The Rainbow Owl (Strix mendacium) is a rare species of owl found in hardwood forests in the western United States and parts of China. Long coveted for its colorful plumage, the Rainbow Owl was nearly hunted to extinction in the early 20th century. However, due to conservation efforts, recent years have seen a significant population increase, particularly in northwestern Montana.
The adult Rainbow Owl is on average 44 cm long with a 112 cm wingspan. Unlike most owls, which are nocturnal, the Rainbow Owl is crepuscular, a term used to describe animals active during the twilight hours at dawn and dusk, or on bright moonlit nights. They prey mostly on rabbits, mice and squirrels but are also known to eat snakes, foxes, porcupines or other owls.
Like many species of birds, the males have more striking colors then females, who are noticeably duller with more dark barring. Owlets start off with off-white downy feathers before their adult feathers grow in.
The Rainbow Owl can be distinguished from other owls by its peculiar multicolored feathers but also by its unusually melodic call. (A recording of the Rainbow Owl's call can be found here ) Recent research concerning Rainbow Owls also suggests that they are responsive to music and attracted to human singing. A leading Rainbow Owl research team from the University of Montana in Missoula has earned the nickname "The Disco Squad" for their creative use of disco music in the field. "People think it's crazy, but we are about twice as likely to encounter owls in the field if we bring along a portable stereo," says Herman Roark, a doctoral student working with the Disco Squad, "And they are most responsive to disco. So far, we have had the most success with 'The Hustle.'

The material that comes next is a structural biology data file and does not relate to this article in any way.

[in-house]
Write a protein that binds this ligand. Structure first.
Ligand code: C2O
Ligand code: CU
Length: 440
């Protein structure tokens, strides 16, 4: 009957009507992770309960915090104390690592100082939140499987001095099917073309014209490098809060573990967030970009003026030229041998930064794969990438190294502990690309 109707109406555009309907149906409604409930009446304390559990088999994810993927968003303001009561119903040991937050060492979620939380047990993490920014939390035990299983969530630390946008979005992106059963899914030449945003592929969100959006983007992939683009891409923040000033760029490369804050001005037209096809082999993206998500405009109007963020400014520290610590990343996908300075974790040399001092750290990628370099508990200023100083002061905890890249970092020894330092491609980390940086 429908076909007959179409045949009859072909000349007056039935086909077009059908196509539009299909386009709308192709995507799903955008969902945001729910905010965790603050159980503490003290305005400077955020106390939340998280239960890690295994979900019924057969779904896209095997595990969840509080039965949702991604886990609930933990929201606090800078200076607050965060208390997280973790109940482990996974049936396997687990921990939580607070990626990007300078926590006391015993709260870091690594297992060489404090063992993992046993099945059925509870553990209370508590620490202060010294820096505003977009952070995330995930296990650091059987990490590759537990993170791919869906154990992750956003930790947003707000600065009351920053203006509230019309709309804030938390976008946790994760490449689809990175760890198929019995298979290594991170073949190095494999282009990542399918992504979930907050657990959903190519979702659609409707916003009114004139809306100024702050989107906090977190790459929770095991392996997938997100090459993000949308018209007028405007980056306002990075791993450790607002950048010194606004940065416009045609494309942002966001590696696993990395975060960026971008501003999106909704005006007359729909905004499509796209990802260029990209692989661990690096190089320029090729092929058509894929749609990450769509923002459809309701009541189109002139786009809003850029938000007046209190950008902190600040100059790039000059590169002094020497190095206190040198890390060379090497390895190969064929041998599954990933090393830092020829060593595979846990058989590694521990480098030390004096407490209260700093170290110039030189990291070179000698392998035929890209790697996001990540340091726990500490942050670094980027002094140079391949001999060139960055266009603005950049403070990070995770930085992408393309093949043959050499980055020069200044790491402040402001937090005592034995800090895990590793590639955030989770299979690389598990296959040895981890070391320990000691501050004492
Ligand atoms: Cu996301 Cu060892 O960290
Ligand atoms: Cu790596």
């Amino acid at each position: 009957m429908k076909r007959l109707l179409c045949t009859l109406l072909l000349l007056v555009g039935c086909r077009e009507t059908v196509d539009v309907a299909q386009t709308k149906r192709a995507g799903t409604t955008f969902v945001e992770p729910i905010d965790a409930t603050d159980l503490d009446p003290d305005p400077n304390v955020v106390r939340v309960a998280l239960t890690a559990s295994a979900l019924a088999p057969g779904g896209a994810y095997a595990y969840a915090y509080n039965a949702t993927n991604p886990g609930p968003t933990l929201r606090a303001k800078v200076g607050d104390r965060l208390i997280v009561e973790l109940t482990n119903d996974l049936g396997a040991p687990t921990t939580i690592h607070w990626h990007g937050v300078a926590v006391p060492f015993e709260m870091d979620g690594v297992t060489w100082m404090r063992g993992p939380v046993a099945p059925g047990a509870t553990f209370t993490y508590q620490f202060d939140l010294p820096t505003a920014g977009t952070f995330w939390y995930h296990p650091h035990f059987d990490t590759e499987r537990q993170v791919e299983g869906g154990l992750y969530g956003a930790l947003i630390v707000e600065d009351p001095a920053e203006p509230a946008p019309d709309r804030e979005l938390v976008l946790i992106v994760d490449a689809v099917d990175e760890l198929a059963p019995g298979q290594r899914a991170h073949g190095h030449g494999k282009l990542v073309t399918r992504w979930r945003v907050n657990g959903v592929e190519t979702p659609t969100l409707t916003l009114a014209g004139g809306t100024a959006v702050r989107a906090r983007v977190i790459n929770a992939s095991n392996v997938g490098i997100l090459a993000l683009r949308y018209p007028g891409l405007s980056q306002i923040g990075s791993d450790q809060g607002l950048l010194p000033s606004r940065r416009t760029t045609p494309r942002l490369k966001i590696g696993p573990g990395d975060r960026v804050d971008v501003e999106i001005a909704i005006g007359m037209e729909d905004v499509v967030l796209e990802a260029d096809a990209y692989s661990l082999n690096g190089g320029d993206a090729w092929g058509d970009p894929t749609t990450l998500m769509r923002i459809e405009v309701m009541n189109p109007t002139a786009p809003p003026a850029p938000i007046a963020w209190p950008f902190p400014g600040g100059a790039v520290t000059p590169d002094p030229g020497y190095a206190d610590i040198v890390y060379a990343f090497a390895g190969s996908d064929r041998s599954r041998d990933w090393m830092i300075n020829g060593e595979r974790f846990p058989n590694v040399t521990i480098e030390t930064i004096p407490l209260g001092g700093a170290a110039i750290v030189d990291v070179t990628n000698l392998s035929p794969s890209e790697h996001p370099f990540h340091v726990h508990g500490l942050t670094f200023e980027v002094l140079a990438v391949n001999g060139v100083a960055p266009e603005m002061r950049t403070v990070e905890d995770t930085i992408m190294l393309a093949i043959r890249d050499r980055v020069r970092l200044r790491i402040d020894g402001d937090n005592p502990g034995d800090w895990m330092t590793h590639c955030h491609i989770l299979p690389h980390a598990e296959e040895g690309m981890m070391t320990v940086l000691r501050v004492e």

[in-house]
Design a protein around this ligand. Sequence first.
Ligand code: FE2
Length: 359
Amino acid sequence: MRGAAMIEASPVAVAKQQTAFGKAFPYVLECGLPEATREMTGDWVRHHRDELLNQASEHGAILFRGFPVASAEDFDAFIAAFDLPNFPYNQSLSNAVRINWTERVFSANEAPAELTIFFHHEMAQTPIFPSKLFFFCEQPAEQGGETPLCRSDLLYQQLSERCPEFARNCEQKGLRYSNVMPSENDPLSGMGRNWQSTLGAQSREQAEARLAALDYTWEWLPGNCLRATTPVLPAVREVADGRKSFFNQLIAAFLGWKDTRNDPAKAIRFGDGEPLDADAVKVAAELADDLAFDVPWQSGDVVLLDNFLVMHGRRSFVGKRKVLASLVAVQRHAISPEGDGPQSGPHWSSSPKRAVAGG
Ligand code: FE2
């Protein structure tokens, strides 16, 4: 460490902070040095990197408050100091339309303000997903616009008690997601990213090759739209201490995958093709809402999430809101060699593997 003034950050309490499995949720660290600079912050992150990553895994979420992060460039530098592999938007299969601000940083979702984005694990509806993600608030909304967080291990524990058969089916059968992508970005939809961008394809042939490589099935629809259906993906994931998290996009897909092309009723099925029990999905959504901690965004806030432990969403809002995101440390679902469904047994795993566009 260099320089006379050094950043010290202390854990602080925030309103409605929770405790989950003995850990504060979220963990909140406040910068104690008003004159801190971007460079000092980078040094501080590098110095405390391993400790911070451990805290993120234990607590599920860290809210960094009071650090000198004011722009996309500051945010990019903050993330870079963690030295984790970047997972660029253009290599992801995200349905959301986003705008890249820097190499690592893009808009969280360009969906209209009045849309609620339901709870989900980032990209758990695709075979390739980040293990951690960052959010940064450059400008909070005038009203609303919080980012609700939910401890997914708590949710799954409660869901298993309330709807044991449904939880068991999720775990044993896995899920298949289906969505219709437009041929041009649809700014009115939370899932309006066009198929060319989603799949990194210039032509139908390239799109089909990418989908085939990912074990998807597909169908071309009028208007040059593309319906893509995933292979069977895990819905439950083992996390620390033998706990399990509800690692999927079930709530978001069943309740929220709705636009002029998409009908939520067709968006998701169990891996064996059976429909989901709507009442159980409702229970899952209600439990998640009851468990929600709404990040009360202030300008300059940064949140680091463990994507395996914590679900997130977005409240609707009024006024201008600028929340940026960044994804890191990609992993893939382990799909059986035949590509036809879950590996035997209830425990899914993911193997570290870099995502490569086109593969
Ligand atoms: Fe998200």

~ Dr. Claudia Weatherfield, University of Toldeo
The Rainbow Owl was originally discovered by Serbian scientist Milutin Filipovic in 1863 in what is today Jackdaw County, North Dakota. He and assistant George Swinehouse were out looking for kestrels when they "saw a multi-colored object in the distance". Running towards it, they soon saw it "was a Strix sort of owl", and Filipovic sent George to go back and get food to lure it near them. When George came back, the mysterious bird was pecking at Milutin's shirt.
"She seems to have a taste for wool. Also is fond of hardtack."
- Djuka Filipovic, Milutin's wife, 1868.
However, due to their multi-colored feathers, once the bird was discovered by the public, many hunters and trappers wanted the birds' feathers and mysteriously dull talons for trophies.
Upon Filipovic's death in 1929, the general public ad already given out on the Rainbow Owl craze, and the 623 owls that were left in the wild were abandoned. However, since wildlife preserver Roy Harper and his team of ornithologists and one archaeologist have brought them back from the ranks of endangerment, constructing a wildlife reserve, naming it "The Milutin Filipovic Rainbow Owl Protection Center.
Learn more about the Rainbow Owl here: Coming soon!